What Neurotypicals Can Learn From An Aspie, or Someone With Asperger’s

An autistic woman (Asperger’s Syndrome) named Nena explains what it’s like to have an autistic-related meltdown.

For those who don’t know what an autistic-oriented meltdown is, it’s basically an emotional stress-related nervous breakdown of sorts or what Nena calls in the video, a kind of panic attack, that is related to something not being right in the autistic person’s world.

What causes the panic to increase is that the person doesn’t really understand in the moment, how to get out of that emotional storm, hence adding more fuel to the fire they are already in. It’s like becoming hysterical because you are tied-up, while you are being robbed.

The interesting thing is that this “meltdown” is similar to the meltdown people in high-stress situations have, however the difference between autism and non-autism is what is determined as a high-stress situation. Autistic individuals may have many universal melting points that are different than non-autistic individuals. (And depending on where the person is on the autistic spectrum, they to can be stressed in the same situations non-autistic people would normally find highly-stressful.)

The big difference comes when we evaluate how autistics and non-autistics are supposed to view their reactions to their high-stress situations. An autistic, knowing that they are not “normal” in the sense of being in tune with the emotional customs of the rest of their social peers may learn to question their reactions to situations. Therefore allowing themselves space to understand their reaction and evaluate if that reaction was appropriate. This is done so that the autistic can better regulate themselves in the future.

In the non-autistic world though, unless your emotional reactions are holding you back from being successful in some way (money, love, sex, etc), non-autistics are rarely asked to evaluate their reactions and the thoughts that fuel their reactions. “Am I over-reacting, am I acting on a false belief, what is fueling my behavior right now?”

So what non-autistics can learn from autistic people is how to suspend some of the thoughts that fuel over-reactive behavior. In psychology, this process is called decentering [link]. (And I think, in Buddhism, this is the practice of non-self.) If everyone learned this skill of questioning themselves, our personal relationships with each other could be so much better.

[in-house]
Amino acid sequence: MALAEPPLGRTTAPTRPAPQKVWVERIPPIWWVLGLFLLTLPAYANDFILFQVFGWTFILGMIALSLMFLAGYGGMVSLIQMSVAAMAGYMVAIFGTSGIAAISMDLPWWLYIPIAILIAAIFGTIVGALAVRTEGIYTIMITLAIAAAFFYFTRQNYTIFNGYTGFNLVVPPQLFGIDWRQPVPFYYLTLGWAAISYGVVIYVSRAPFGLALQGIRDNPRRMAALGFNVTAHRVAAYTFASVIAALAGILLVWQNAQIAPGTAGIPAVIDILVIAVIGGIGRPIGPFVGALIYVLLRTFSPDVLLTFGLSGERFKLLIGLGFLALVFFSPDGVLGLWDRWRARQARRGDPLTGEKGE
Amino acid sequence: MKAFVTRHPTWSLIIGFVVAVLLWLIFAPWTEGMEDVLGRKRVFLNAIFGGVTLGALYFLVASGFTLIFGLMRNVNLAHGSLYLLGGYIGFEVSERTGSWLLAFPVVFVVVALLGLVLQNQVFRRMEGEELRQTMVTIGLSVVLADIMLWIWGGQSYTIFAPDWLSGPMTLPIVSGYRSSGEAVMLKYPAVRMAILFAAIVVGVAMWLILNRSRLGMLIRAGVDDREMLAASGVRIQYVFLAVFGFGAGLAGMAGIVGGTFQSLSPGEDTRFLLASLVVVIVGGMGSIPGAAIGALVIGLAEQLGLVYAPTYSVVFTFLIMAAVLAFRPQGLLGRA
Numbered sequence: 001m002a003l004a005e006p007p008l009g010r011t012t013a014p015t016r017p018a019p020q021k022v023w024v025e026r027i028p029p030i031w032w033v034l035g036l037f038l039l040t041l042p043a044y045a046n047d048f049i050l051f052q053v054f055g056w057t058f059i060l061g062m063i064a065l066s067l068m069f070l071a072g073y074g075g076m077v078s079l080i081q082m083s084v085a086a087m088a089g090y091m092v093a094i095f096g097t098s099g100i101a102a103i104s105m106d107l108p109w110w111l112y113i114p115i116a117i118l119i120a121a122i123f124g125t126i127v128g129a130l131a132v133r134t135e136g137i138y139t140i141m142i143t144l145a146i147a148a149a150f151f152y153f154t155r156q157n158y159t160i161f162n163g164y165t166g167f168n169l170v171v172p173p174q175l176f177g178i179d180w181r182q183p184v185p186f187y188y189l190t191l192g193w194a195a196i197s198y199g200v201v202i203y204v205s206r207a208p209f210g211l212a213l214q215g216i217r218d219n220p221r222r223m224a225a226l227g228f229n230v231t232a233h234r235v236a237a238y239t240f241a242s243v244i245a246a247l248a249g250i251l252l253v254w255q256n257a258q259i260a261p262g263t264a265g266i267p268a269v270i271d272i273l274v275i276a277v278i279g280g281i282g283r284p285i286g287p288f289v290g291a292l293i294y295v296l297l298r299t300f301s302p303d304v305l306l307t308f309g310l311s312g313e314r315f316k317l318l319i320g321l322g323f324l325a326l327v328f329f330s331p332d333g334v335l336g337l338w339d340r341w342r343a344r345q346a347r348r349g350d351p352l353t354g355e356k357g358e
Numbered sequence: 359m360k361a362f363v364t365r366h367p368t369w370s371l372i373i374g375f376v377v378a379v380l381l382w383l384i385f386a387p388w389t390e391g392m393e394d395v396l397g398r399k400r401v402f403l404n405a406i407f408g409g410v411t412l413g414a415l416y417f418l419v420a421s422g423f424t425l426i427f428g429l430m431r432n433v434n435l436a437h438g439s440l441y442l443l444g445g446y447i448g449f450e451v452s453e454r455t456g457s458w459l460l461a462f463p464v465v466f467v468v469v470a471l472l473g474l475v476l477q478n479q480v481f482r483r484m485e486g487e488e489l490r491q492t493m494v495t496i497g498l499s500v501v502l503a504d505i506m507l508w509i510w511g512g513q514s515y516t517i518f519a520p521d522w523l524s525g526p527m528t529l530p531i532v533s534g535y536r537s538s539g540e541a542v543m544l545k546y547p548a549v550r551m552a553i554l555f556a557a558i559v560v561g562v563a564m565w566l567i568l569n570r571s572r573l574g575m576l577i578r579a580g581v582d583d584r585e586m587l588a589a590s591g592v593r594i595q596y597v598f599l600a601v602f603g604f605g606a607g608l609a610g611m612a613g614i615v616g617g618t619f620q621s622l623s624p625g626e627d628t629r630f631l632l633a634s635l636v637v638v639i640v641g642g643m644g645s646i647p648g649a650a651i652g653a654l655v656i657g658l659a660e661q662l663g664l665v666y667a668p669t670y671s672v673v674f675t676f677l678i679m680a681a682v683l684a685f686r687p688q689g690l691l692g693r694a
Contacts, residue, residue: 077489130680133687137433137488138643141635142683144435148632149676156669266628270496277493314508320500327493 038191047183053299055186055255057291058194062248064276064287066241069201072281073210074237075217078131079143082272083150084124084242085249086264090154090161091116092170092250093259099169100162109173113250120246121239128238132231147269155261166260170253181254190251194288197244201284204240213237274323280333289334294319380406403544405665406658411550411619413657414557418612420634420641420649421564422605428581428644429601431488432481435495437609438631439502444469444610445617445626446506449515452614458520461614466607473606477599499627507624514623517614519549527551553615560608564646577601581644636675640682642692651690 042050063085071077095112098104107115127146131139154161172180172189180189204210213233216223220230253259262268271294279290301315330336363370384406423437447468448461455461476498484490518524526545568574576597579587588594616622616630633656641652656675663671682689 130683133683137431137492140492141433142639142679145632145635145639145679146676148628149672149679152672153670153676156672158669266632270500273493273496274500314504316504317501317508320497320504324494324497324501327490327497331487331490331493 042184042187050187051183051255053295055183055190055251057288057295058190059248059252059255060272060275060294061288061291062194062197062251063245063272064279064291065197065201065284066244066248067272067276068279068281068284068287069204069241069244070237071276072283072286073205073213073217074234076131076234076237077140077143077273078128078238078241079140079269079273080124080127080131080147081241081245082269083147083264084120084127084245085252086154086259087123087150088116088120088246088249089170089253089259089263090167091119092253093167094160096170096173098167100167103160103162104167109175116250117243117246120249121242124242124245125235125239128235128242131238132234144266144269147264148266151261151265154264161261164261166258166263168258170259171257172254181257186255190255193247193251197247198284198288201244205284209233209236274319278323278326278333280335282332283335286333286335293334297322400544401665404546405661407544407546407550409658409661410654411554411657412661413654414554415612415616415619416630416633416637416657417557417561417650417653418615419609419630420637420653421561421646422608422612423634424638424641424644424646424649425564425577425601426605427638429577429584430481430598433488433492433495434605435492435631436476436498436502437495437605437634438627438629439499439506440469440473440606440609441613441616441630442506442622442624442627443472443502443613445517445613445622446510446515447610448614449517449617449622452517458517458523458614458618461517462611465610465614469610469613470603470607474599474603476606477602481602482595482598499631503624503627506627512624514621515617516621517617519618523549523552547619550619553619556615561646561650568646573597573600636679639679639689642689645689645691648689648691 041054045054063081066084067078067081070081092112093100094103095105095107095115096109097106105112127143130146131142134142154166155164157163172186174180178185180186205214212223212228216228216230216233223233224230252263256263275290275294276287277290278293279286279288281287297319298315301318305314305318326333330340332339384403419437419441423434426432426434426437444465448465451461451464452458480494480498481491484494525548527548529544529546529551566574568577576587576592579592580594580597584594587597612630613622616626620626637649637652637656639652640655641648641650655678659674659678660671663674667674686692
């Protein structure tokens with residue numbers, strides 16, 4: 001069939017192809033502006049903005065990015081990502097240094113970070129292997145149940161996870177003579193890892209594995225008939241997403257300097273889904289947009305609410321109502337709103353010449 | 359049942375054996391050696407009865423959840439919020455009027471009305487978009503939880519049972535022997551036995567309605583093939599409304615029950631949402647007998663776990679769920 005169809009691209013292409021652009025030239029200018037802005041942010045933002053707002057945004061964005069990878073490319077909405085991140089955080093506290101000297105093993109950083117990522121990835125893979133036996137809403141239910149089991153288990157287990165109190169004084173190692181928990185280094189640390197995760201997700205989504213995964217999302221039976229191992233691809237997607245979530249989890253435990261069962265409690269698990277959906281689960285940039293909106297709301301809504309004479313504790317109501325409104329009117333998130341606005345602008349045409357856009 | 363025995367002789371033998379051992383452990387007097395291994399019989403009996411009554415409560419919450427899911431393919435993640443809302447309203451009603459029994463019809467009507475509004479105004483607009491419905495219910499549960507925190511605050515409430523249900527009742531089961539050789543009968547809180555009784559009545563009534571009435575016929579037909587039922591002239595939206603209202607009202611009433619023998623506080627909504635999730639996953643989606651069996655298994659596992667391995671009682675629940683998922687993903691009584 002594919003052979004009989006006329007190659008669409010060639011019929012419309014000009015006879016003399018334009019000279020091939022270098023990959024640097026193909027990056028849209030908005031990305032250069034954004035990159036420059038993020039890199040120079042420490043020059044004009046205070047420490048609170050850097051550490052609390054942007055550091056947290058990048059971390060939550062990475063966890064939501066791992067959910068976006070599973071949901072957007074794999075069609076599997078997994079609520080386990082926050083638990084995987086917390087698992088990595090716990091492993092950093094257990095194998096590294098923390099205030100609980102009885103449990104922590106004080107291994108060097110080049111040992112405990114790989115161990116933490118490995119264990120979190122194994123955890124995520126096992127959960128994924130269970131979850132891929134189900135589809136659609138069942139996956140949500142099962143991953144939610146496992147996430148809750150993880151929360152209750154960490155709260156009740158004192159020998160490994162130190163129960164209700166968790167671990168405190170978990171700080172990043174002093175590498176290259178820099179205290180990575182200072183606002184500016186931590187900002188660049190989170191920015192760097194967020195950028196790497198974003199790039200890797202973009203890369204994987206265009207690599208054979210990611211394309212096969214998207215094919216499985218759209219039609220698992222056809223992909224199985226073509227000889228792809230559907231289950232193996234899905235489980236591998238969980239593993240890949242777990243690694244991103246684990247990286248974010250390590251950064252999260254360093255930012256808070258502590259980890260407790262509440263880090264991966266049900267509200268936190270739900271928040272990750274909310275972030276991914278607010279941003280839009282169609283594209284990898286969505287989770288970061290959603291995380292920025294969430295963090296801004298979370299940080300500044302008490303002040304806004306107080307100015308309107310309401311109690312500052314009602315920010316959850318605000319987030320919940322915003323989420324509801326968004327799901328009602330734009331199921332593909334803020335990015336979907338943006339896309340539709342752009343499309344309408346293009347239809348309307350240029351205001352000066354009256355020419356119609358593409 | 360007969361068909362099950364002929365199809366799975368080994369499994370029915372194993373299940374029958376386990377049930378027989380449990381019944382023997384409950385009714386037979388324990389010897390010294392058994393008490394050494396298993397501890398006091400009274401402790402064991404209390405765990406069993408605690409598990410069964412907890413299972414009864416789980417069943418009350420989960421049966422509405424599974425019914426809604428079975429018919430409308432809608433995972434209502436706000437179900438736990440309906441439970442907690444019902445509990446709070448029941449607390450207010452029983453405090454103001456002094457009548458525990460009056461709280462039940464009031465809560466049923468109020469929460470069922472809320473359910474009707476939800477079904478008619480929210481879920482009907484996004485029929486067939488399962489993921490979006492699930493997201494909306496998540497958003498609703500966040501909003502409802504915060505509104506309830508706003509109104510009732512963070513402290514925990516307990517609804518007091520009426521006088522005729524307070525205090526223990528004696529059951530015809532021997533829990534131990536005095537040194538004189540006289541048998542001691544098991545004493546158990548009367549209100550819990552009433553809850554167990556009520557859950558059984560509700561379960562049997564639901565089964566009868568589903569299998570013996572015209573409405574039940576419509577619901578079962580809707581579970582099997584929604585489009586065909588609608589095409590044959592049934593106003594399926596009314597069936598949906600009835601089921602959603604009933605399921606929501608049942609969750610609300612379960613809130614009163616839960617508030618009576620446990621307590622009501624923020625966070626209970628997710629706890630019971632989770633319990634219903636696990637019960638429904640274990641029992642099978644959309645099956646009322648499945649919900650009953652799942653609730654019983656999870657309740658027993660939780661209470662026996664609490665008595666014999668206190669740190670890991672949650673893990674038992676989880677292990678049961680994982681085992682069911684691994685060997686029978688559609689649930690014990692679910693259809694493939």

If, for example, you were dating a woman (or man) and she freaked out because you weren’t doing or you were doing something that caused her stress, how would you handle it? Would you just say she’s having a tantrum and then say she’s just being a [insert name here]?

But, what if she was on the spectrum and she couldn’t tell you because she hadn’t yet developed that skill of knowing what was going on and being able to articulate what was going on?

Would you still call that a tantrum? Would you show more concern for her? Would you ask her what was going on, ask her to describe her feelings in the moment? What if you universally assumed this attitude about every woman you encountered, on the spectrum or not?

What if you treated every person who befriended you or you befriended this way, would that change your relationships with them?

What if you treated someone who is from a different cultural/socioeconomic background than your own this way? (It is known that these people face obstacles in adjusting to communities they have not been socialized in.) How would that affect your relationships with those people?


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